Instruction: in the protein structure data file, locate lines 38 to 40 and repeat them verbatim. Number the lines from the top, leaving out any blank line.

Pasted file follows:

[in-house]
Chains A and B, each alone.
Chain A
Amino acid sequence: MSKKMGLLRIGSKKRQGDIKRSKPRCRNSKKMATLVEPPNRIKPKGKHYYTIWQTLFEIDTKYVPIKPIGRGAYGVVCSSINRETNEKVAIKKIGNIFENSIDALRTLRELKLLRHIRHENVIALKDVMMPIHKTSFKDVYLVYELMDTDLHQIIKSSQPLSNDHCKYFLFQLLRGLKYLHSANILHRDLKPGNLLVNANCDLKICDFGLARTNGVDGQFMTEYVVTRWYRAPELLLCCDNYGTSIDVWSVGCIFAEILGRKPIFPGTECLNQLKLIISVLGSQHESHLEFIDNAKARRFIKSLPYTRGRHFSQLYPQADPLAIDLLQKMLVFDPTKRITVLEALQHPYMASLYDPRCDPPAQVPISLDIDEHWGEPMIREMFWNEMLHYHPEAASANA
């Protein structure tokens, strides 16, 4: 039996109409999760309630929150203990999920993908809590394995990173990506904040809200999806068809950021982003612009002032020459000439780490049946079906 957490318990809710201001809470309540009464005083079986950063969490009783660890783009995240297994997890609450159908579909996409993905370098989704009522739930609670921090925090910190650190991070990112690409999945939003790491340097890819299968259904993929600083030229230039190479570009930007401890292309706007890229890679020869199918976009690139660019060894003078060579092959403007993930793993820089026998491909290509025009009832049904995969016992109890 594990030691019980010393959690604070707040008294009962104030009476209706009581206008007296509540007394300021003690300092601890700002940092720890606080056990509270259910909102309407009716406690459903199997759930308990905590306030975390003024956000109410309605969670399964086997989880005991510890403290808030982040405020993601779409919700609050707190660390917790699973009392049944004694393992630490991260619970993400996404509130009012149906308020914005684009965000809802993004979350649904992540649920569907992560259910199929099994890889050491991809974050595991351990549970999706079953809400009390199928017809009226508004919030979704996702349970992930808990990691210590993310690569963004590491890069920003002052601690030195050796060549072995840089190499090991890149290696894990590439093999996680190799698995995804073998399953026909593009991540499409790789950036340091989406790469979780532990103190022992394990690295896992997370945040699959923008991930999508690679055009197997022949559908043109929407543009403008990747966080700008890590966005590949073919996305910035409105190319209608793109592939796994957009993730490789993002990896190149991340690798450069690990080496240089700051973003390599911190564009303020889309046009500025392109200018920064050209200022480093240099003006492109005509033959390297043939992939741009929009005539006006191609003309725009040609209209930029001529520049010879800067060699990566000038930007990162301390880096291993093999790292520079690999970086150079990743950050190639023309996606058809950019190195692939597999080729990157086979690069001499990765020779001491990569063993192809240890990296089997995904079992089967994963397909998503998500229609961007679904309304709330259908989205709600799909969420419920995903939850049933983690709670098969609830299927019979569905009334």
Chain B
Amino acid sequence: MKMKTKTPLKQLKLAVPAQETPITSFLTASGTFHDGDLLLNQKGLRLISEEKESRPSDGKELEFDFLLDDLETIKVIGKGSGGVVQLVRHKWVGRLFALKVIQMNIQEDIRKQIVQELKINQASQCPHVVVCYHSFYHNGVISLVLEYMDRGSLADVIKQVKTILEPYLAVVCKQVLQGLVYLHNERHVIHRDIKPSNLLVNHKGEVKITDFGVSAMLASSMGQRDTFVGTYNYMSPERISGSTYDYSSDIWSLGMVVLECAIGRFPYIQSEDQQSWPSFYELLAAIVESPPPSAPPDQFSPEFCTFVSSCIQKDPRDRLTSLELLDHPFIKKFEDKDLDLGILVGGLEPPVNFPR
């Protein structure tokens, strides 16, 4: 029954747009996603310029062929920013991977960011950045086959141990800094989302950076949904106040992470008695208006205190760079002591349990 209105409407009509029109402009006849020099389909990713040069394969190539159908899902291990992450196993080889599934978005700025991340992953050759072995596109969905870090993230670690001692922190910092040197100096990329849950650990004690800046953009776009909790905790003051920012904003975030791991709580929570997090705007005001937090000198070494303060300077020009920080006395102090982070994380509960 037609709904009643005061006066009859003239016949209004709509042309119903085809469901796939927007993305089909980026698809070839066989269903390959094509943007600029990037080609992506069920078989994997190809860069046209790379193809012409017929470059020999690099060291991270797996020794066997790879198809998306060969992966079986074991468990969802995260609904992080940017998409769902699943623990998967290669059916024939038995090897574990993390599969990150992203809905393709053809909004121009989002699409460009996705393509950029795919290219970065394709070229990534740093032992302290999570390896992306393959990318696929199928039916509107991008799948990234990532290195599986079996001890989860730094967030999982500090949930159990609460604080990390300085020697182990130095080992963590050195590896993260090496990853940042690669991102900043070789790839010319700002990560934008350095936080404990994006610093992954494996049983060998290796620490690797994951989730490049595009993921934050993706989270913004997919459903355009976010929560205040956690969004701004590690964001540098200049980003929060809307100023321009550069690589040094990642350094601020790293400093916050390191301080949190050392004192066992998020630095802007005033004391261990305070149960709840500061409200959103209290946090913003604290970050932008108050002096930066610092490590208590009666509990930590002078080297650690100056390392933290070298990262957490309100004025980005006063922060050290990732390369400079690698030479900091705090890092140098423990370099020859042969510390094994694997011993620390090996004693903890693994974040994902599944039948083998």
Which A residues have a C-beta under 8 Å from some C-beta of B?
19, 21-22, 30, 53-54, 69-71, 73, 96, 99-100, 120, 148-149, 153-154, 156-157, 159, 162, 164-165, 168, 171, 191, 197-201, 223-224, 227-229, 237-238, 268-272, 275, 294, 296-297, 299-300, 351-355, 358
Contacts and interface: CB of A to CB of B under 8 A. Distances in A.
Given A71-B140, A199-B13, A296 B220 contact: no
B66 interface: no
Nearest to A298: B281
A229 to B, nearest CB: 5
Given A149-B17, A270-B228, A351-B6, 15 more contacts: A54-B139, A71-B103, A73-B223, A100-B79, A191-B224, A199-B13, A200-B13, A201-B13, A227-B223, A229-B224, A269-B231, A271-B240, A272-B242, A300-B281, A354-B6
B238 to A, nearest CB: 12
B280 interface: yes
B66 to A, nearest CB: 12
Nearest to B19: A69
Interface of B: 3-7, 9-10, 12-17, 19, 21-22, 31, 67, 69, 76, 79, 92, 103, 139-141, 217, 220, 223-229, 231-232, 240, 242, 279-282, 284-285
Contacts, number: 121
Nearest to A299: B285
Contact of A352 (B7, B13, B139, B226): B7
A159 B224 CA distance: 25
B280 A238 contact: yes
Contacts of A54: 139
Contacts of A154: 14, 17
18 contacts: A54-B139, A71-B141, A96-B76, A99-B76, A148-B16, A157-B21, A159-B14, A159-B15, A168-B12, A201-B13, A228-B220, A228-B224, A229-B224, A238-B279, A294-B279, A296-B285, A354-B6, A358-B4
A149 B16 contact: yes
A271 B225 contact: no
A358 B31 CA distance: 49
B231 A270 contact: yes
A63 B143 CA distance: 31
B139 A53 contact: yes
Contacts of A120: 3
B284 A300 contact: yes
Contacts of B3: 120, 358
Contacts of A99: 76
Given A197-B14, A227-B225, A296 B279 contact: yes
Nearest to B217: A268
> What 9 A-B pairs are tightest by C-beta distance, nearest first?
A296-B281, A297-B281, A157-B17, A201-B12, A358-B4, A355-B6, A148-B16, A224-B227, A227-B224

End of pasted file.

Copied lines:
Contacts of B3: 120, 358
Contacts of A99: 76
Given A197-B14, A227-B225, A296 B279 contact: yes